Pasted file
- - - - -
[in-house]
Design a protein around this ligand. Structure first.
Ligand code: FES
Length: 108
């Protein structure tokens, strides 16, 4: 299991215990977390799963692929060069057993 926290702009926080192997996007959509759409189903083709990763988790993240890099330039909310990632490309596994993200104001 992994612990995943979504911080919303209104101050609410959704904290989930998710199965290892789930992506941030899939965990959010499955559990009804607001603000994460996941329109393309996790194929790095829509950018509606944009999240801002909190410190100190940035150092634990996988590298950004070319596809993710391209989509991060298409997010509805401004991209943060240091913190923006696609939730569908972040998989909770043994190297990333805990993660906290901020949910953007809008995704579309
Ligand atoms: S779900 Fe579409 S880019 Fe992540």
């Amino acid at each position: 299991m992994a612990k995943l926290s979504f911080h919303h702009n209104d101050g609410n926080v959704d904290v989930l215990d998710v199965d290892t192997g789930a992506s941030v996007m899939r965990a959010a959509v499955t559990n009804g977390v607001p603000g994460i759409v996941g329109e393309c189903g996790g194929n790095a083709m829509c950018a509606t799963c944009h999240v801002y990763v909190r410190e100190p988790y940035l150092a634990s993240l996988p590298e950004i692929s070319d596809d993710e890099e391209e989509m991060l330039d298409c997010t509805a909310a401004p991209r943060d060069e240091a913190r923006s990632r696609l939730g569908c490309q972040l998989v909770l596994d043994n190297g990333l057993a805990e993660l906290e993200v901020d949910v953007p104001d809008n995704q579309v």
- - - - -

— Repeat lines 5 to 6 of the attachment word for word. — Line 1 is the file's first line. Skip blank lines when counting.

């Protein structure tokens, strides 16, 4: 299991215990977390799963692929060069057993 926290702009926080192997996007959509759409189903083709990763988790993240890099330039909310990632490309596994993200104001 992994612990995943979504911080919303209104101050609410959704904290989930998710199965290892789930992506941030899939965990959010499955559990009804607001603000994460996941329109393309996790194929790095829509950018509606944009999240801002909190410190100190940035150092634990996988590298950004070319596809993710391209989509991060298409997010509805401004991209943060240091913190923006696609939730569908972040998989909770043994190297990333805990993660906290901020949910953007809008995704579309
Ligand atoms: S779900 Fe579409 S880019 Fe992540």